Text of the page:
Sky Sports continues to reveal details of its 2012 venture into F1 broadcasting, with the announcement of Dolby digital sound following hot on the heels of other innovations on both its television and online coverage.

The inclusion of Dolby digital 5.1 surround sound will be available to viewers watching via the high-definition version of Sky Sports coverage when the dedicated F1 channel launches in March. The use of Dolby digital 5.1 surround sound - an audio feed using six different channels to provide a cinematic style experience - will represent the first time that live F1 broadcasts have been offered to viewers in the UK and Ireland in surround sound, and will cover all practice and qualifying sessions, as well as the 20 races.

"For the first time, viewers can hear the drama of F1 as well as see it," executive producer Martin Turner commented, "The stunning HD pictures will now be matched by stunning Dolby digital 5.1 surround sound audio that will help take our viewers trackside. This is another example of us giving F1 the Sky Sports treatment and I know those that hear the coverage will be amazed by it."

Sky will take a purpose-built mobile audio control room to the F1 television compound in order to receive the 5.1 audio produced by Formula One Management's host broadcast coverage. The commentary feed will then be added before the signal is beamed back to HD viewers in the UK and Ireland.

"F1 in Dolby digital 5.1 surround sound is seriously impressive, it's so much closer to the real experience from inside the cockpit or being at the side of the racetrack," driver-turned-commentator Martin Brundle noted, "It even picks up atmosphere from the crowd and I'm confident the viewer will notice a much greater intensity and spectacle."

In addition to the surround sound experience, Sky has recently announced a number of innovations it expects to set its television and online viewing experiences apart from its rivals.

Already christened 'Sky Race Control', interactive services on the broadcaster's F1 channel will feature as many as nine viewing options, with viewers given the opportunity to choose which camera they watch, while a similar facility is expected to be announced for Apple's iPad. Turner has already claimed that Sky Sports' coverage will 'reinvent interactive television'.

"The most powerful and interactive use of the 'Red Button' in the last few years has not been to show different angles and cameras, it's been to show you a different game," he pointed out, "What we are going to do is take F1 as a sport and offer different ways of seeing it, be it by on-board cameras or with the data tracker that tells you where the cars are.

"We will also be offering a live 'Pit Channel', [as] Sky will be covering the pits as its own channel to see what's going on there, because there's always something going on in the pits even without the cars being there.

"Technically speaking, our multi-screen offering will be the biggest change [to F1 viewing]. We will be offering a choice of on-board cameras that [viewers have] never had before."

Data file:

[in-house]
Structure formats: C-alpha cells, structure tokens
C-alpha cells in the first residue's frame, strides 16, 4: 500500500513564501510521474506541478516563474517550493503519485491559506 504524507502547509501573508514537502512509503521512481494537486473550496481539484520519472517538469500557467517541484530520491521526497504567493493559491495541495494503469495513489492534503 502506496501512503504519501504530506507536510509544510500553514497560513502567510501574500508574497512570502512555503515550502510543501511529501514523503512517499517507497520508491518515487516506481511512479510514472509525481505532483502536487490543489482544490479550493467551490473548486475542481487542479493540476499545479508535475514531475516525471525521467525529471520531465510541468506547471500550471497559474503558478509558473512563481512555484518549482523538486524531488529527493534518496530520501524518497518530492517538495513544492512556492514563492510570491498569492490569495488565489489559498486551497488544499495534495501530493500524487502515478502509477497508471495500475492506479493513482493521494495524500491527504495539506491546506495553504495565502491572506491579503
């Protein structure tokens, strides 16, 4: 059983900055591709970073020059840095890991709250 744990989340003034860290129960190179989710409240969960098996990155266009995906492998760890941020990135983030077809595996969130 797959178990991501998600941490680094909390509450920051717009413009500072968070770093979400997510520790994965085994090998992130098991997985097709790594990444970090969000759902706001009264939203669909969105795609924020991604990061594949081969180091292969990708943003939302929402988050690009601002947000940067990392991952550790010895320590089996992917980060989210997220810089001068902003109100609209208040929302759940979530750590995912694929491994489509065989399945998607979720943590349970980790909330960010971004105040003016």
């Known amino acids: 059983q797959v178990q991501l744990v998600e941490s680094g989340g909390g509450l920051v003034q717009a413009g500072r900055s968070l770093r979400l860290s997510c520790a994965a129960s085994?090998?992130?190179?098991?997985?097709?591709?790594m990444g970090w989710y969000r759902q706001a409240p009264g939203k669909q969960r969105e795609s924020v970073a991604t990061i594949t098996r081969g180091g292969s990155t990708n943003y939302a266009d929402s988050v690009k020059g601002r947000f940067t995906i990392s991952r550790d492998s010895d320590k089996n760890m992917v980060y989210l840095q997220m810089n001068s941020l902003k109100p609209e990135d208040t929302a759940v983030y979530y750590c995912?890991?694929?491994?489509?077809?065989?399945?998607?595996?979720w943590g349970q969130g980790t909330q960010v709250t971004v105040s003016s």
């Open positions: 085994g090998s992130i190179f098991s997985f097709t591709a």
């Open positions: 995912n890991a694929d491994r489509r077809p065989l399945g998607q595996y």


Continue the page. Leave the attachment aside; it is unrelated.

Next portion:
Although the short-lived F1 Digital channel pioneered by Bernie Ecclestone more than five years ago featured multiple viewing options, it did not stretch as far as Turner suggests Sky is prepared to go to ensure that fans get the closest experience to actually being at a grand prix.

In addition to revolutionising television coverage of F1 - and building on the 'Red Button' facility offered by the BBC, which largely extended to prolonged coverage after the chequered flag - Sky has also leaked details of some of the features that it hopes to include with its iPad extension of Sky Race Control. Prime among these is a proposed four-way viewing option

"The aim of Sky Race Control is to replicate the [multi-viewing] offering across all of our platforms," said former BBC man Owen Williams, now head of projects for Sky Sport's digital media department, "You will see, for example, on the website you'll have your nine streams that Martin was referring to. So, in effect, you can be the race director, you can direct the race yourself. It gives an offering that, quite frankly, the BBC couldn't rival."

"There are certain things going on at the moment that will happen. It's not that we are trying to mislead, it's not that we are trying to be deliberately secretive, [but] a lot of the things being developed then have to go to Apple for submission and I can't stand up and say 'yeah, all these things, you will get them coming to an iPad on 15 March."

Having weathered the storm over its acquisition of the rights to show all 20 races as they happen in 2012, leaving the BBC with just ten live events, Sky has already drawn criticism for its decision to make its Race Control app available to Apple, with one tech forum member complaining that other platforms should have been considered.

"Before you ask, no, NOTHING for Android, this deal they must have with Apple is unbelievable," the post fumed, "When will Sky learn that Android is far bigger in the UK than Apple and so many of their customers are being left high and dry. It's amazing they can put out new apps for Apple products very fast and with red button et al and yet we are still waiting for an Android app. Once again, a kick in the teeth for most of Sky's loyal customers. Shame on you Sky."